Reply

    mike morley September 14, 2012 at 6:04 am

    RE: Turnover.One aspect of the turnover enigma is the draconian methods employed by trucking companies in their relationships with drivers. Human resources techniques hail back to ” sweat shop ” days. I am aware that this subject has been beaten to death, but it remains A major factor in the ability to maintain dedicated drivers. I was recently terminated for getting the right rear trailer tires mired in A drainage ditch. Although I paid for the winch-out , delivered my load of sodium hydroxide and worked for several days after the incident , I was ” cashiered ” because the safety supervisor viewed the pictures I dutifully took, and said ” it looked bad “. I had passed the delivery point, A water treatment plant I had never been to before and had difficulty finding A place to turn around on narrow secondary rural roads.. . Every day I found myself delivering to A place Ihad never seen before, which is part of the job.. Having said that, I follow with my code of ethics, i.e. ” an explanation of fact is NOT A justification by reason”. It was my fault , of course, I was the driver. When I returned to the terminal I was reassure that ” those things happen , there was no damage , I paid $400.00 for the wrecker etc………The ” safety director ” , put into that position by default, opined that it looked bad, was bad PR , and I was gone. My dispatcher was upset, I was A top producer, but coul do nothing. The quality of justice is tempered with mercy. I remain unemployed. Mike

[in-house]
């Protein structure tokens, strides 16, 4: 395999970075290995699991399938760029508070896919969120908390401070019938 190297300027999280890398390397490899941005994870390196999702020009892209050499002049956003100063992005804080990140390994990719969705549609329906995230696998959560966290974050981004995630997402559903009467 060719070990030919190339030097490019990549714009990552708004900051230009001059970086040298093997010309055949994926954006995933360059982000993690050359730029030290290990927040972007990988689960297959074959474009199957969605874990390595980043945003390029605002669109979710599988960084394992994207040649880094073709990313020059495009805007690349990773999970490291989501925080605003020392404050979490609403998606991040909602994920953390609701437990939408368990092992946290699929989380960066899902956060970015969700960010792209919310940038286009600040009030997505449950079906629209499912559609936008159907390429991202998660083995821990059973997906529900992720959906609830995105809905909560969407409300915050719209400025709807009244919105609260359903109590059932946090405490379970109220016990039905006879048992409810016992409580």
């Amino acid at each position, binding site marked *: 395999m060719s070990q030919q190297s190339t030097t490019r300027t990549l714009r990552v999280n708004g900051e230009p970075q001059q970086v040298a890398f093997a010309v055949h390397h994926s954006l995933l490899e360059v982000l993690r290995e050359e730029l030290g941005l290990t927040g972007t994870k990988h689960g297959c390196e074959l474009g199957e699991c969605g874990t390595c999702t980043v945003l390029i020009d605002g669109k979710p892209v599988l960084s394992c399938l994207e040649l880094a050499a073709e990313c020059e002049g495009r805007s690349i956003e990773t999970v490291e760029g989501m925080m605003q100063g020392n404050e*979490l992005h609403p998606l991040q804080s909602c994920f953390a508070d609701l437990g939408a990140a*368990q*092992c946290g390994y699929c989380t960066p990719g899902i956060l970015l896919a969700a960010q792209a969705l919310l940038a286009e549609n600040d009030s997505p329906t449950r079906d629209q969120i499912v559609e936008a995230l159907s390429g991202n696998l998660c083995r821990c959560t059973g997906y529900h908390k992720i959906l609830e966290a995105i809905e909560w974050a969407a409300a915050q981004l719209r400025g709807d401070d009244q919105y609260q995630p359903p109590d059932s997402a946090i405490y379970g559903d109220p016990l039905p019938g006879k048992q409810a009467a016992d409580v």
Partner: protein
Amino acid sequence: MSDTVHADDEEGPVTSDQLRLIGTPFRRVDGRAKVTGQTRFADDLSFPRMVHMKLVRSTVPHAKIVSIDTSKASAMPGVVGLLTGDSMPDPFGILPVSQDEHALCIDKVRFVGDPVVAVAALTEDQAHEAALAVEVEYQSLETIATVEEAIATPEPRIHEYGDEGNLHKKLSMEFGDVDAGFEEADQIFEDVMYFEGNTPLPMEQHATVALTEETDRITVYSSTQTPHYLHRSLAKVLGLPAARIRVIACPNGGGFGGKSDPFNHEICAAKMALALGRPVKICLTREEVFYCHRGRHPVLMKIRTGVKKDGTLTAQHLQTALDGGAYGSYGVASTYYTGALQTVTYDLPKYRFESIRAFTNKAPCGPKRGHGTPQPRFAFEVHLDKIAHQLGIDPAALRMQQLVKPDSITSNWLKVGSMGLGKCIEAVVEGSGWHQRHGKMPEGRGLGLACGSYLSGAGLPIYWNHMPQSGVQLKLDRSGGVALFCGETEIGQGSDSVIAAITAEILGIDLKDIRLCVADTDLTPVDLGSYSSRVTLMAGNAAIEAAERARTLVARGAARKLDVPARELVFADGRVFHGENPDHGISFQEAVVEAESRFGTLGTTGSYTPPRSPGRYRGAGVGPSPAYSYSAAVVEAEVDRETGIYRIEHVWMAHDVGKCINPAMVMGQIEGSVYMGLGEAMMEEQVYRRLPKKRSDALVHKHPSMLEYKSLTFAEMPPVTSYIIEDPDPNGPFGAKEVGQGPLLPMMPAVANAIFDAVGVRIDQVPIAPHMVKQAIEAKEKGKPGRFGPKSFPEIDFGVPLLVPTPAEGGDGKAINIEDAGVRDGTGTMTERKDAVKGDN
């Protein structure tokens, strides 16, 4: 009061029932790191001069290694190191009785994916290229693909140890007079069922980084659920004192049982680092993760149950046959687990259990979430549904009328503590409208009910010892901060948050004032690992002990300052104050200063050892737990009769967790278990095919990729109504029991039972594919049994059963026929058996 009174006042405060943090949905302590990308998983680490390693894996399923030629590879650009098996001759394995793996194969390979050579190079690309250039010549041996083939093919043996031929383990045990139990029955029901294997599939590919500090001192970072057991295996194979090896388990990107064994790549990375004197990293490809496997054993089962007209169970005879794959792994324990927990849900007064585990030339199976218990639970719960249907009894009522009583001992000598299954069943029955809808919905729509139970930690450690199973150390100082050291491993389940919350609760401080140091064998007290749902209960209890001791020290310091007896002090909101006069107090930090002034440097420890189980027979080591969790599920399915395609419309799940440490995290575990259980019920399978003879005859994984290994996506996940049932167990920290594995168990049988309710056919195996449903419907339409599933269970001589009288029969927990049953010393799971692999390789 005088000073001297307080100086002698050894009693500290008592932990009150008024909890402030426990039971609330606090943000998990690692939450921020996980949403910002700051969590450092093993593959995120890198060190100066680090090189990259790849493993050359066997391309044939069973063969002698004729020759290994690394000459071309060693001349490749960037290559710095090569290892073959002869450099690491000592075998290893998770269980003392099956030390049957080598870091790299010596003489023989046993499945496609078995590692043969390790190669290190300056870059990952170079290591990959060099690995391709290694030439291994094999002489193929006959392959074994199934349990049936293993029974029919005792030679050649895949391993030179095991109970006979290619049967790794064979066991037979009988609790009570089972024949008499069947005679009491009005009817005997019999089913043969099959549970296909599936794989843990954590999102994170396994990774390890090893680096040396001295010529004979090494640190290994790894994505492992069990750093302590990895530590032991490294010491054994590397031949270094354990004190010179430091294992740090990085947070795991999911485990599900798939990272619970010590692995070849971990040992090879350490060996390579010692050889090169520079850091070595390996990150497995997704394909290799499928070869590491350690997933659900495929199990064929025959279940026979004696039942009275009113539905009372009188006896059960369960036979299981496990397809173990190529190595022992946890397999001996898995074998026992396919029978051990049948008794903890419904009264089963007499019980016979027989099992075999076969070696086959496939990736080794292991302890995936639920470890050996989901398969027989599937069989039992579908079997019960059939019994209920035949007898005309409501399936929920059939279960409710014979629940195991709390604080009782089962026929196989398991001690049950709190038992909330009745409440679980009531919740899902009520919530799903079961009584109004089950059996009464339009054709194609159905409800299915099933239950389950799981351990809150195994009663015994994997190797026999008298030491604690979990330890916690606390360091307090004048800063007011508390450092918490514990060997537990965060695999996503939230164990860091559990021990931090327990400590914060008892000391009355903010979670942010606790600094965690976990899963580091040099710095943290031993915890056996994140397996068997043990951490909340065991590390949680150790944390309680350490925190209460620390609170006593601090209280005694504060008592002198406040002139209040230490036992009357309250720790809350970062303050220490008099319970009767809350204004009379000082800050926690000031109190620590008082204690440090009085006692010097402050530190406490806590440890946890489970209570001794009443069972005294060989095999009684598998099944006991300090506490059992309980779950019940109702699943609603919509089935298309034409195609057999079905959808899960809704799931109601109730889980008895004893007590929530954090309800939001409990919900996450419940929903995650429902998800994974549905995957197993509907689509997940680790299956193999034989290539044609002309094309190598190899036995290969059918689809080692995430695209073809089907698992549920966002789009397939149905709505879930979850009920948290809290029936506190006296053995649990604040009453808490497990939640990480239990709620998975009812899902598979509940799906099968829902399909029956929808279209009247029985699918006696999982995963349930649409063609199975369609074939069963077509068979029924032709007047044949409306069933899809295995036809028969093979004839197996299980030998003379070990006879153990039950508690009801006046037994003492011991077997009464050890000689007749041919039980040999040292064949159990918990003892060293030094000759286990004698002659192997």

Reply

    Jim R Hyde Jr September 14, 2012 at 6:08 am

    It is the trucking companies own fault for allowing recruiters to lie to drivers just to get them into a truck.

    Reply

    Steve September 14, 2012 at 6:40 am

    Driver turnover is a driver moral problem. Low pay, long hours and lax concern for driver issues by the companies is the real reason driver just keep moving on… to the next company.
    From the time you leave the house until you get back, you are on the job. You should get paid for every hour you are on the job.

    Reply

    Marlene September 14, 2012 at 6:46 am

    The turnover rate is a result of CSA2010. A company driver has zero control over the maintenance on his truck. The company changes names with buying a new authority but the points stay with the driver. Unfair flawed system. Some companies cheat driver on pay use them up and look for another. So many bad companies and getting worse.

    Reply

    art pull September 14, 2012 at 7:01 am

    well from a driver that has 40 yrs under his belt. The bigggest reason i see about driver turnoverm is the B S factor….first, its the way drivers are treated by the dispatchers and the bosses of the trucking companies….weather, dispatch times, allowable trip times….companies making promises to customers they can’t keep. Low wages etc etc. plus they regs the govt puts on drivers…Mostly its the underlying things that make drivers change jobs….Only way to find out what the problem is, is to ask more drivers….

    Reply

    Lance September 14, 2012 at 7:03 am

    Hey Mike,
    It sure seems strange you were terminated for that, especially considering you paid to have the truck winched out. I’ve been on the road for 40 years and 4 million miles, and just recently took retirement at 63 years old because of the ever-increasing low pay because of the low rates and the bullshit regulations. Never had a ticket or a chargeable, either. Freight rates had gotten so cheap (as an owner-operator, ) you ended up not making any more net pay than if you had a Wal-Mart job. What a joke! The current administration’s economic policies have put the whole trucking industry (and others) in the toilet.